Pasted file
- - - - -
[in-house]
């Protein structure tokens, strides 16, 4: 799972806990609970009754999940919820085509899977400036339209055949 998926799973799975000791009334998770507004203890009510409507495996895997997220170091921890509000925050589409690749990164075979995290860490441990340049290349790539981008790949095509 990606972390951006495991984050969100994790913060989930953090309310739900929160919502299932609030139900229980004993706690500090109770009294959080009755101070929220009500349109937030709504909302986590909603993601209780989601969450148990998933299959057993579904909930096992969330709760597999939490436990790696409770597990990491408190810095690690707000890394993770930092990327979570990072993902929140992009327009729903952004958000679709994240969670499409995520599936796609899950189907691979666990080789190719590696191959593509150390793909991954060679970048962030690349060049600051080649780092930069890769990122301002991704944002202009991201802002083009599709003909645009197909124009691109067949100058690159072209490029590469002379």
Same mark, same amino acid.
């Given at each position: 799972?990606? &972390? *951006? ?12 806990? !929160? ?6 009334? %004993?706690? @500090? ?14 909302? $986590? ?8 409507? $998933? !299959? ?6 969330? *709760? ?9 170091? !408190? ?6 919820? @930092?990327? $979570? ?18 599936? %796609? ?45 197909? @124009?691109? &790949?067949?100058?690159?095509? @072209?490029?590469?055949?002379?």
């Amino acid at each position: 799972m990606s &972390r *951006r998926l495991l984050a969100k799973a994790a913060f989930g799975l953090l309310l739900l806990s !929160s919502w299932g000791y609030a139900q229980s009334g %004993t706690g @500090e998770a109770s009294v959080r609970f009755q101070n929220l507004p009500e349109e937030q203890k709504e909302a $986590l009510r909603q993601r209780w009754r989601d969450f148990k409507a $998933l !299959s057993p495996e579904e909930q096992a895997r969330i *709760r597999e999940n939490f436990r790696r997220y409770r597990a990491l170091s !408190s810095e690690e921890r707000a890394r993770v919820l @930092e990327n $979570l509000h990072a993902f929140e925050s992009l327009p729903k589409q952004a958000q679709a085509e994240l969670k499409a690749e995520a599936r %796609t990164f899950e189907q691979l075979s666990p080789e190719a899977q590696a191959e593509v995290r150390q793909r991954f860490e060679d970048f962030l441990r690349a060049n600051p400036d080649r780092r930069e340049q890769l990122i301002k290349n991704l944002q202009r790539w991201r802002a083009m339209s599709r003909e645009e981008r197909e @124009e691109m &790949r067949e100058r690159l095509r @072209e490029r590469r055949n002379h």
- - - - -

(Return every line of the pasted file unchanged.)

[in-house]
């Protein structure tokens, strides 16, 4: 799972806990609970009754999940919820085509899977400036339209055949 998926799973799975000791009334998770507004203890009510409507495996895997997220170091921890509000925050589409690749990164075979995290860490441990340049290349790539981008790949095509 990606972390951006495991984050969100994790913060989930953090309310739900929160919502299932609030139900229980004993706690500090109770009294959080009755101070929220009500349109937030709504909302986590909603993601209780989601969450148990998933299959057993579904909930096992969330709760597999939490436990790696409770597990990491408190810095690690707000890394993770930092990327979570990072993902929140992009327009729903952004958000679709994240969670499409995520599936796609899950189907691979666990080789190719590696191959593509150390793909991954060679970048962030690349060049600051080649780092930069890769990122301002991704944002202009991201802002083009599709003909645009197909124009691109067949100058690159072209490029590469002379």
Same mark, same amino acid.
């Given at each position: 799972?990606? &972390? *951006? ?12 806990? !929160? ?6 009334? %004993?706690? @500090? ?14 909302? $986590? ?8 409507? $998933? !299959? ?6 969330? *709760? ?9 170091? !408190? ?6 919820? @930092?990327? $979570? ?18 599936? %796609? ?45 197909? @124009?691109? &790949?067949?100058?690159?095509? @072209?490029?590469?055949?002379?």
């Amino acid at each position: 799972m990606s &972390r *951006r998926l495991l984050a969100k799973a994790a913060f989930g799975l953090l309310l739900l806990s !929160s919502w299932g000791y609030a139900q229980s009334g %004993t706690g @500090e998770a109770s009294v959080r609970f009755q101070n929220l507004p009500e349109e937030q203890k709504e909302a $986590l009510r909603q993601r209780w009754r989601d969450f148990k409507a $998933l !299959s057993p495996e579904e909930q096992a895997r969330i *709760r597999e999940n939490f436990r790696r997220y409770r597990a990491l170091s !408190s810095e690690e921890r707000a890394r993770v919820l @930092e990327n $979570l509000h990072a993902f929140e925050s992009l327009p729903k589409q952004a958000q679709a085509e994240l969670k499409a690749e995520a599936r %796609t990164f899950e189907q691979l075979s666990p080789e190719a899977q590696a191959e593509v995290r150390q793909r991954f860490e060679d970048f962030l441990r690349a060049n600051p400036d080649r780092r930069e340049q890769l990122i301002k290349n991704l944002q202009r790539w991201r802002a083009m339209s599709r003909e645009e981008r197909e @124009e691109m &790949r067949e100058r690159l095509r @072209e490029r590469r055949n002379h």